The Boy Who Harnessed the Wind is an extraordinary story of a 14 year old Malawian boy who applies considerable ingenuity and a fascination with science to help his family overcome poverty and gain self-sufficiency. It is also a wonderful opportunity to learn about some of the root causes of poverty from the perspective of a youth who survived devastating circumstances, and went on to become an inspiration in Malawi and around the world. In 2007 William became a TED Global Fellow. In 2008, he delivered an address at the World Economic Forum on Africa, and in October, 2009, William and co-author/journalist Brian Mealer showed images and read from their book at the Seattle Public Library.
The book quickly draws the reader into William’s life and family, friends, and village, which is located in a remote area north of Malawi’s capital city. As drought and disease ravage the country we see, in detail, the best and worst of human nature. William’s family responds to desperate conditions in ways that demonstrate resiliency, stoicism, familial love, and inventiveness.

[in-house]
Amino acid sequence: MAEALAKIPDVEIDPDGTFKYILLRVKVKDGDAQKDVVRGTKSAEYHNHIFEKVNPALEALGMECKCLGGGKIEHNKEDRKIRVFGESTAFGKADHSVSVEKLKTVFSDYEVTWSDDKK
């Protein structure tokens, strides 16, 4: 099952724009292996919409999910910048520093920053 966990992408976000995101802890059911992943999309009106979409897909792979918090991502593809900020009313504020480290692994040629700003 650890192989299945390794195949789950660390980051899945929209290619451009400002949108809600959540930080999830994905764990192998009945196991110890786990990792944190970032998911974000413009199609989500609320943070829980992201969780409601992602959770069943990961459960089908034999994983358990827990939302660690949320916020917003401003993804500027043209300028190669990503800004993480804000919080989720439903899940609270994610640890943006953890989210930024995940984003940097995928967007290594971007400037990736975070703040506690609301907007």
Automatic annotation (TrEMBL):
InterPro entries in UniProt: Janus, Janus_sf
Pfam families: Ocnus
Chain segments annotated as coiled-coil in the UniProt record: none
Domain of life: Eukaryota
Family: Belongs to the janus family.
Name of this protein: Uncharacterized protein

For example, when the family’s grain supply was reduced to ½ pail of flour, William’s father decided to take a huge risk, and sell all their food. His mother took the last of their flour, mixed it with soy and a bit of sugar, and baked zipumu cakes, which she sold in the market. “The cakes were heavy and filling and cheaper than the buns …that were also for sale. If a person had just some small change, but not enough to afford a bag of flour, the cakes were the only option”. Each day she made enough to feed the family their one meal a day, with the remainder made into cakes to sell the next. “Our profit is that we live”.
William had to leave school as his family could no longer afford the fees. Out of 70 students, only 20 remained due to crop failures. William would spend time at a nearby library, reading books to prepare for when his parents could afford to enroll him in school. It is at the library that he discovers a book on energy, and decides to teach himself to build a windmill. The windmill could supply his family with water needed to produce 2 crops per year, a garden for his mother, and electricity for his home.